atom feed30 messages in org.python.python-dev[Python-Dev] Optimization targets
FromSent OnAttachments
Raymond HettingerApr 13, 2004 8:00 pm 
Jeff EplerApr 13, 2004 9:10 pm 
Bob IppolitoApr 13, 2004 9:26 pm 
Jeff EplerApr 13, 2004 10:04 pm 
Raymond HettingerApr 13, 2004 10:17 pm 
Jeff EplerApr 13, 2004 11:10 pm 
Guido van RossumApr 13, 2004 11:26 pm 
Tim PetersApr 13, 2004 11:56 pm 
Jeff EplerApr 14, 2004 9:08 am 
Raymond HettingerApr 14, 2004 12:06 pm 
Andrew MacIntyreApr 14, 2004 3:23 pm 
Jeff EplerApr 14, 2004 3:35 pm 
Mike PallApr 14, 2004 5:50 pm 
Tim PetersApr 14, 2004 11:14 pm 
Michael HudsonApr 15, 2004 7:05 am 
Mike PallApr 15, 2004 9:36 am 
Guido van RossumApr 15, 2004 10:27 am 
Jeremy HyltonApr 15, 2004 10:38 am 
Guido van RossumApr 15, 2004 10:42 am 
Mike PallApr 15, 2004 11:56 am 
Mike PallApr 15, 2004 11:56 am 
Skip MontanaroApr 15, 2004 11:59 am 
Michael HudsonApr 15, 2004 1:27 pm 
Raymond HettingerApr 15, 2004 2:22 pm 
Thomas HellerApr 15, 2004 2:31 pm 
"Martin v. Löwis"Apr 15, 2004 3:07 pm 
Jeremy HyltonApr 15, 2004 11:26 pm 
Tim PetersApr 16, 2004 12:18 am 
"Martin v. Löwis"Apr 16, 2004 2:00 am 
Andrew MacIntyreApr 16, 2004 9:14 pm 
Subject:[Python-Dev] Optimization targets
From:Michael Hudson (mw@python.net)
Date:Apr 15, 2004 7:05:42 am
List:org.python.python-dev

Mike Pall <mike@mike.de> writes:

Hi,

Raymond wrote:

It looks like the best bet is to try to speedup the code without changing the multiplier.

Indeed. And while you are at it, there are other optimizations, that seem more promising:

I compiled a recent CVS Python with profiling and here is a list of the top CPU hogs (on a Pentium III, your mileage may vary):

I played this game recently, but on a G3 ibook, which is probably a much more boring processor from a scheduling point of view.

pystone:

CPU% Function Name ---------------------------- 55.44 eval_frame 7.30 lookdict_string 4.34 PyFrame_New 3.73 frame_dealloc 1.73 vgetargs1 1.65 PyDict_SetItem 1.42 string_richcompare 1.15 PyObject_GC_UnTrack 1.11 PyObject_RichCompare 1.08 PyInt_FromLong 1.08 tupledealloc 1.04 insertdict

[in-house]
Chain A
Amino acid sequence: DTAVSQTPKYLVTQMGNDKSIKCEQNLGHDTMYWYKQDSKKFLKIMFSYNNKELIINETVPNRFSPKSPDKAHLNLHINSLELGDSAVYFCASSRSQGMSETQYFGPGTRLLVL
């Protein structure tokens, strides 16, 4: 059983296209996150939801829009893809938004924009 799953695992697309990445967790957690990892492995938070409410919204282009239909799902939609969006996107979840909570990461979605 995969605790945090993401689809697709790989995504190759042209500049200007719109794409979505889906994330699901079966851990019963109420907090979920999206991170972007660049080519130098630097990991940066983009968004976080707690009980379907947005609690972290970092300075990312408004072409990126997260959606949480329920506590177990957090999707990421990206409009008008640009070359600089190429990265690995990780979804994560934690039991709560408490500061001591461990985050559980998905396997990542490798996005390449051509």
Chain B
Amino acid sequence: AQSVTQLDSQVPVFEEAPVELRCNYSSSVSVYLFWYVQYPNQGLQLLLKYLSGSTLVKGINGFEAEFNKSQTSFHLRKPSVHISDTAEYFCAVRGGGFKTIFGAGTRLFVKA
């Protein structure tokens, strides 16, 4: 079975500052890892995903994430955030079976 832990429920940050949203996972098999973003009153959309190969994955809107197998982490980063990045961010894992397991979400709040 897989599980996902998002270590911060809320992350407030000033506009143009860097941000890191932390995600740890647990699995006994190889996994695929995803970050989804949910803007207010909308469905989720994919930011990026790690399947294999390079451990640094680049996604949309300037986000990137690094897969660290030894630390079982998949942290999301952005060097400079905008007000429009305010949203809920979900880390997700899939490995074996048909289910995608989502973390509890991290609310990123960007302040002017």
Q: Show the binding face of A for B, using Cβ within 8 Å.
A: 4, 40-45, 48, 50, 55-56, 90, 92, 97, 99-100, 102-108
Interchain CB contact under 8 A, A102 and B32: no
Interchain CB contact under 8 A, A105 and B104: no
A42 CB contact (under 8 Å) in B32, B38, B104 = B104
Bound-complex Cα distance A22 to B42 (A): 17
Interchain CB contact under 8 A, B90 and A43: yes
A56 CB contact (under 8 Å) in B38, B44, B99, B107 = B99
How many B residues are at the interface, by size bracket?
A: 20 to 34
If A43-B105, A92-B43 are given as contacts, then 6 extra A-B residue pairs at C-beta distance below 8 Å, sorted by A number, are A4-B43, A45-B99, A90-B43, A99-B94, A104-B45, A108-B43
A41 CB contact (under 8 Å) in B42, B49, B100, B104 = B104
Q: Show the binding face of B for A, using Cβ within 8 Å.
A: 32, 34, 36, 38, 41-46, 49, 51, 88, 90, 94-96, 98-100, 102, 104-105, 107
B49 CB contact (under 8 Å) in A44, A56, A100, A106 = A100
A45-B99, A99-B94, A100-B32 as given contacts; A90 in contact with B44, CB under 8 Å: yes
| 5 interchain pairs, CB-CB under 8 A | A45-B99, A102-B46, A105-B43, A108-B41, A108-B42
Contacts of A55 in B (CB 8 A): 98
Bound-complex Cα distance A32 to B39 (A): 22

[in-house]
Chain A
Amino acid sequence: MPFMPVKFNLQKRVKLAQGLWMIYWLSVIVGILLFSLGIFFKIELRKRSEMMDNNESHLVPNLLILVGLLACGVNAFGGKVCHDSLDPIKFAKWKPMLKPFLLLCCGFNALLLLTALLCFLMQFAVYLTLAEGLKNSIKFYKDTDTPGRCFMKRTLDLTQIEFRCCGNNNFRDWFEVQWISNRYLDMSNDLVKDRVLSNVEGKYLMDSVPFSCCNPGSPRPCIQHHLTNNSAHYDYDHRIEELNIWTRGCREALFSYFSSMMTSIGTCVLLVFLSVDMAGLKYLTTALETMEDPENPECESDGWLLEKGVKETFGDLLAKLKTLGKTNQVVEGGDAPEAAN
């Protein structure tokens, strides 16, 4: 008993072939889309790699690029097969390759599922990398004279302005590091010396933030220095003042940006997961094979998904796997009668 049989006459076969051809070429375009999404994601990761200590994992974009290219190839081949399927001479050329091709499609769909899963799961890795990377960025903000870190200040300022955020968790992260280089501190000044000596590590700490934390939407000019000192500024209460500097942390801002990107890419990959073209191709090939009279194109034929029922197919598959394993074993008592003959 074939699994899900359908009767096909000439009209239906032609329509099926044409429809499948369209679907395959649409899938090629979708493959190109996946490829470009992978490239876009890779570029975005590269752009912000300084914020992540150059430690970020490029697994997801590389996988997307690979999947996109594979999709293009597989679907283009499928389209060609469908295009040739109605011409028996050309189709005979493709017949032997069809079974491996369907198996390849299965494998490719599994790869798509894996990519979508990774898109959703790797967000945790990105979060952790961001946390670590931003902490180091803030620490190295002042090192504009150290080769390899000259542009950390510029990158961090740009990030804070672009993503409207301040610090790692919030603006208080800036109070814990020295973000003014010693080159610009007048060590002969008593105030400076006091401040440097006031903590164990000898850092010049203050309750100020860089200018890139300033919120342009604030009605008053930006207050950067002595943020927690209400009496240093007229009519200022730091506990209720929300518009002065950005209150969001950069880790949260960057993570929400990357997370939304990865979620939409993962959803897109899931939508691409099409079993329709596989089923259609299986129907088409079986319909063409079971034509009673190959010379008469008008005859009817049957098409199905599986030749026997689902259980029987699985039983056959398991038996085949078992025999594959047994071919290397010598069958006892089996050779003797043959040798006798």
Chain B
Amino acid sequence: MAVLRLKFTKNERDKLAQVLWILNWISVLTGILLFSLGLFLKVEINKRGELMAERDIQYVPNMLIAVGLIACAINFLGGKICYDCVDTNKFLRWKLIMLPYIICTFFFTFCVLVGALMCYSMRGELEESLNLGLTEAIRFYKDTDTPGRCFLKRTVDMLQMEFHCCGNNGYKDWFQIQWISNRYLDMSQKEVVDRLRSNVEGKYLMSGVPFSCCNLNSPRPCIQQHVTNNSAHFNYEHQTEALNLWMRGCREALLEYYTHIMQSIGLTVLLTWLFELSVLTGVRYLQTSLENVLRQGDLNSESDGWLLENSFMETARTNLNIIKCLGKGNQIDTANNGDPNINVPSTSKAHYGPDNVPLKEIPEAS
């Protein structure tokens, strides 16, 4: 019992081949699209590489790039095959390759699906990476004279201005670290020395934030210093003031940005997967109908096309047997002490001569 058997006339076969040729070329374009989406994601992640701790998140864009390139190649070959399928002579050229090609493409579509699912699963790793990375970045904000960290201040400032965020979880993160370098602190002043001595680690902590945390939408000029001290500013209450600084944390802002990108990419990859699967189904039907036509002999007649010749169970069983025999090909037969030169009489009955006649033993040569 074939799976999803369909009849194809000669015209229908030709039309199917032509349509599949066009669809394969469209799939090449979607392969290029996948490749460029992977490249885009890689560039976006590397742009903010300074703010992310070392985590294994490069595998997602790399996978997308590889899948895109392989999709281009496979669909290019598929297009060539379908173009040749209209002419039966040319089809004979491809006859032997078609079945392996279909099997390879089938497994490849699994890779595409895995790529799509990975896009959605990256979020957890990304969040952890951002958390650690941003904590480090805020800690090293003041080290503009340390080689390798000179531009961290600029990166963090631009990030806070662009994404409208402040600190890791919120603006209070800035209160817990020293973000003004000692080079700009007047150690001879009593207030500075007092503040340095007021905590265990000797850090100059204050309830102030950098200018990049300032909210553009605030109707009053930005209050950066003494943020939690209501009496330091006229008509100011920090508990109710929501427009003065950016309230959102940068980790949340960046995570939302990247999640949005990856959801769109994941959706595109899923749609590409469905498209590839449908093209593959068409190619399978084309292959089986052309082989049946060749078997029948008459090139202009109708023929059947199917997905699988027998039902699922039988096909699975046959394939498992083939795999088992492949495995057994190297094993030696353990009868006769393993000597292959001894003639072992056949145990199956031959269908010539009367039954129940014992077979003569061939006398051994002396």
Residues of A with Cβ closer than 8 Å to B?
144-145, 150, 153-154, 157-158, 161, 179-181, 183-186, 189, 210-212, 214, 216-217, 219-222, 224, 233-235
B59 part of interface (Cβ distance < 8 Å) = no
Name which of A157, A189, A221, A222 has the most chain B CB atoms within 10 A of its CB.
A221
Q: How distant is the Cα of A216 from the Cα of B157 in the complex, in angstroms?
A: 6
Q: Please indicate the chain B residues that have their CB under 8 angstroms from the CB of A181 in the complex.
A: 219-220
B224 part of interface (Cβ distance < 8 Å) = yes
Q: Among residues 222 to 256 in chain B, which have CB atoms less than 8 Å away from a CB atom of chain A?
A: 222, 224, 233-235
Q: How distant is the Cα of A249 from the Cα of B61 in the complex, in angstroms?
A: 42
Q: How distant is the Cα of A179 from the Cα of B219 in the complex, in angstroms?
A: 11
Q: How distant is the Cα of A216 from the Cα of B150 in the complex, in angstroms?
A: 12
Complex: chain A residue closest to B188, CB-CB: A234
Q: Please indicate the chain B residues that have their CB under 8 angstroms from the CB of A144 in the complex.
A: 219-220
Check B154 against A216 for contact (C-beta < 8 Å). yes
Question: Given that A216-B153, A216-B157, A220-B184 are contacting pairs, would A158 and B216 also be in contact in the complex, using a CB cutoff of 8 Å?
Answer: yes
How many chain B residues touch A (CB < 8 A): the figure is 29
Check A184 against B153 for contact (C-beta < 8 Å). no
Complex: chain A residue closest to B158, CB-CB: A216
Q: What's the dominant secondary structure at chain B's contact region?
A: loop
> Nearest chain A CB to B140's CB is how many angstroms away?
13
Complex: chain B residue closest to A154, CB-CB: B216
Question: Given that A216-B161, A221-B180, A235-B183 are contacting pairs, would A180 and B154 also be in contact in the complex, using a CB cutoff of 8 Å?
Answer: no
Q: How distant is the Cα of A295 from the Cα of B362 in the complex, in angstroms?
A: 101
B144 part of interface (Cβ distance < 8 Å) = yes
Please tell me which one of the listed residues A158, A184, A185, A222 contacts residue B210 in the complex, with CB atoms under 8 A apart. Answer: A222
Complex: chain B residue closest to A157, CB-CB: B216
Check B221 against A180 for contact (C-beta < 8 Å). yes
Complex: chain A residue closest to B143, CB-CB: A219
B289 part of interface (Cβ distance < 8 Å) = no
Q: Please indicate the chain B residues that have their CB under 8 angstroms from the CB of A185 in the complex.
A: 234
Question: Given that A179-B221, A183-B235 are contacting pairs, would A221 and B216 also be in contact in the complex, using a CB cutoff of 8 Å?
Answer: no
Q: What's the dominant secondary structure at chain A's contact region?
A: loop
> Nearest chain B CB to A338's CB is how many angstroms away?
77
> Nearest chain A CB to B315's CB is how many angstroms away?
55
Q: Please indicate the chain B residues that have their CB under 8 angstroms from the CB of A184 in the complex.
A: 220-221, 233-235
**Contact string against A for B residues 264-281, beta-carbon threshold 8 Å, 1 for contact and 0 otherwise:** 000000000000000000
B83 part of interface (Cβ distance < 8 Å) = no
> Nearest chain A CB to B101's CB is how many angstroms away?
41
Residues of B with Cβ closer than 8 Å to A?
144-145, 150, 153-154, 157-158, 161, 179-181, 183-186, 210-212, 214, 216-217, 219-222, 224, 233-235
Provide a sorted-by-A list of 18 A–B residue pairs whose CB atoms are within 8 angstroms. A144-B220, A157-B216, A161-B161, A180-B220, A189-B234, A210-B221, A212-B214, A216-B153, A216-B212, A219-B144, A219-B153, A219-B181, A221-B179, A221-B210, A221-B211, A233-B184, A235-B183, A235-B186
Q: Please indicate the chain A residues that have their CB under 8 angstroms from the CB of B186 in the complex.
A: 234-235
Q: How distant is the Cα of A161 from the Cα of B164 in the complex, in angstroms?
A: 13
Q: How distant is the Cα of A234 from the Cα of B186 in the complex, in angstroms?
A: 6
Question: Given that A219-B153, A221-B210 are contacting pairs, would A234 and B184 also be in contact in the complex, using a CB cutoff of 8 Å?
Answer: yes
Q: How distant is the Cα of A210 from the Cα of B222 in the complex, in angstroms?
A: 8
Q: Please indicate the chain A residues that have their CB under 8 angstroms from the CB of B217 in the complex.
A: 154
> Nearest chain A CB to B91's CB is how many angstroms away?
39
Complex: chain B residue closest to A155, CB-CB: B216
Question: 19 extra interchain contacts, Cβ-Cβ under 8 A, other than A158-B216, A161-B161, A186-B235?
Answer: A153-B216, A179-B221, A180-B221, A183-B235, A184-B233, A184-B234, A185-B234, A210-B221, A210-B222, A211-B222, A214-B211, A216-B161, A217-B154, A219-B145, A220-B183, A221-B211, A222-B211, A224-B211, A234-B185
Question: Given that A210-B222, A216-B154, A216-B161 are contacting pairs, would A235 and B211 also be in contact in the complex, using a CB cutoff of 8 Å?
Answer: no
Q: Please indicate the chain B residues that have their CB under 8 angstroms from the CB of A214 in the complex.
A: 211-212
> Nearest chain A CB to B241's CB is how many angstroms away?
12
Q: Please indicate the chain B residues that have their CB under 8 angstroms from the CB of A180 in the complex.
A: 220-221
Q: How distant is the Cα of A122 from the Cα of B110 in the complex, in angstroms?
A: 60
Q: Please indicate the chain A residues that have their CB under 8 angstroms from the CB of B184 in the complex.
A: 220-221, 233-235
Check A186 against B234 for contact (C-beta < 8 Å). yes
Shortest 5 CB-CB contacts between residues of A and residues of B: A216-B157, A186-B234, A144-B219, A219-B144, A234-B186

I saw similar results to this, tho' I don't remember lookdict_string being so high on the list.

parrotbench:

CPU% Function Name ---------------------------- 23.65 eval_frame 8.68 l_divmod 4.43 lookdict_string 2.95 k_mul 2.27 PyType_IsSubtype 2.23 PyObject_Malloc 2.09 x_add 2.05 PyObject_Free 2.05 tupledealloc

Arguably parrotbench is a bit unrepresentative here. And beware: due to automatic inlining of static functions the real offender may be hidden (x_divmod is the hog, not l_divmod).

Probably a fine candidate function for rewriting in assembly too...

Anyway, this just confirms that the most important optimization targets are: 1. eval_frame 2. string keyed dictionaries 3. frame handling

[...]

But GCC has more to offer: read the man page entries for -fprofile-arcs and -fbranch-probabilities. Here is a short recipe:

I tried this on the ibook and I found that it made a small difference *on the program you ran to generate the profile data* (e.g. pystone), but made naff all difference for something else. I can well believe that it makes more difference on a P4 or G5.

[snippety]

I bet there are more, but I'm running out of time right now -- sorry.

I certainly don't want to discourage people from optimizing Python's current implementation, but...

Some months ago (just after I played with -fprofile-arcs, most likely) I wrote a rant about improving Python's performance, which I've finally got around to uploading:

http://starship.python.net/crew/mwh/hacks/speeding-python.html

Tell me what you think!

Cheers, mwh